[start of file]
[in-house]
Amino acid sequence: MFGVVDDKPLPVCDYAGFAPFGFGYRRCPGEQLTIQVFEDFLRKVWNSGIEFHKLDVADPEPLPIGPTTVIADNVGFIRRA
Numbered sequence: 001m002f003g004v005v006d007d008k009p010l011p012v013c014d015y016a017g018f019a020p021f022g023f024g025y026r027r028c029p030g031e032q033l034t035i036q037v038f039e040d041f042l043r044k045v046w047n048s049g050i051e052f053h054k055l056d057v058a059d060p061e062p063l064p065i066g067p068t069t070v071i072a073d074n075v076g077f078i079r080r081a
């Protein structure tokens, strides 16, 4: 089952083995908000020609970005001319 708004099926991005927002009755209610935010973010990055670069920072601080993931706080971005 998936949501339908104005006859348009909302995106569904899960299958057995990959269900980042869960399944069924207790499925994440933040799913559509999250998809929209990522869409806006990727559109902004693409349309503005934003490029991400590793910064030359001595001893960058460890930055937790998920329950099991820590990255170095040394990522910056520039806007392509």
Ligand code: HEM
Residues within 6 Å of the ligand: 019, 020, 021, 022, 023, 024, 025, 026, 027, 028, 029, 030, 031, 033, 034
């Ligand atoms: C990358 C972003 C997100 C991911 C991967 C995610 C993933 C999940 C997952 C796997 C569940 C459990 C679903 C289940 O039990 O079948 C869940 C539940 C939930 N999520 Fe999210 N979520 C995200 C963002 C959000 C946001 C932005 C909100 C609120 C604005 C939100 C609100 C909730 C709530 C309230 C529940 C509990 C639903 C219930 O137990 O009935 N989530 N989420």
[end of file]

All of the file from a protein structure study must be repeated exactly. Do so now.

[in-house]
Amino acid sequence: MFGVVDDKPLPVCDYAGFAPFGFGYRRCPGEQLTIQVFEDFLRKVWNSGIEFHKLDVADPEPLPIGPTTVIADNVGFIRRA
Numbered sequence: 001m002f003g004v005v006d007d008k009p010l011p012v013c014d015y016a017g018f019a020p021f022g023f024g025y026r027r028c029p030g031e032q033l034t035i036q037v038f039e040d041f042l043r044k045v046w047n048s049g050i051e052f053h054k055l056d057v058a059d060p061e062p063l064p065i066g067p068t069t070v071i072a073d074n075v076g077f078i079r080r081a
């Protein structure tokens, strides 16, 4: 089952083995908000020609970005001319 708004099926991005927002009755209610935010973010990055670069920072601080993931706080971005 998936949501339908104005006859348009909302995106569904899960299958057995990959269900980042869960399944069924207790499925994440933040799913559509999250998809929209990522869409806006990727559109902004693409349309503005934003490029991400590793910064030359001595001893960058460890930055937790998920329950099991820590990255170095040394990522910056520039806007392509």
Ligand code: HEM
Residues within 6 Å of the ligand: 019, 020, 021, 022, 023, 024, 025, 026, 027, 028, 029, 030, 031, 033, 034
């Ligand atoms: C990358 C972003 C997100 C991911 C991967 C995610 C993933 C999940 C997952 C796997 C569940 C459990 C679903 C289940 O039990 O079948 C869940 C539940 C939930 N999520 Fe999210 N979520 C995200 C963002 C959000 C946001 C932005 C909100 C609120 C604005 C939100 C609100 C909730 C709530 C309230 C529940 C509990 C639903 C219930 O137990 O009935 N989530 N989420």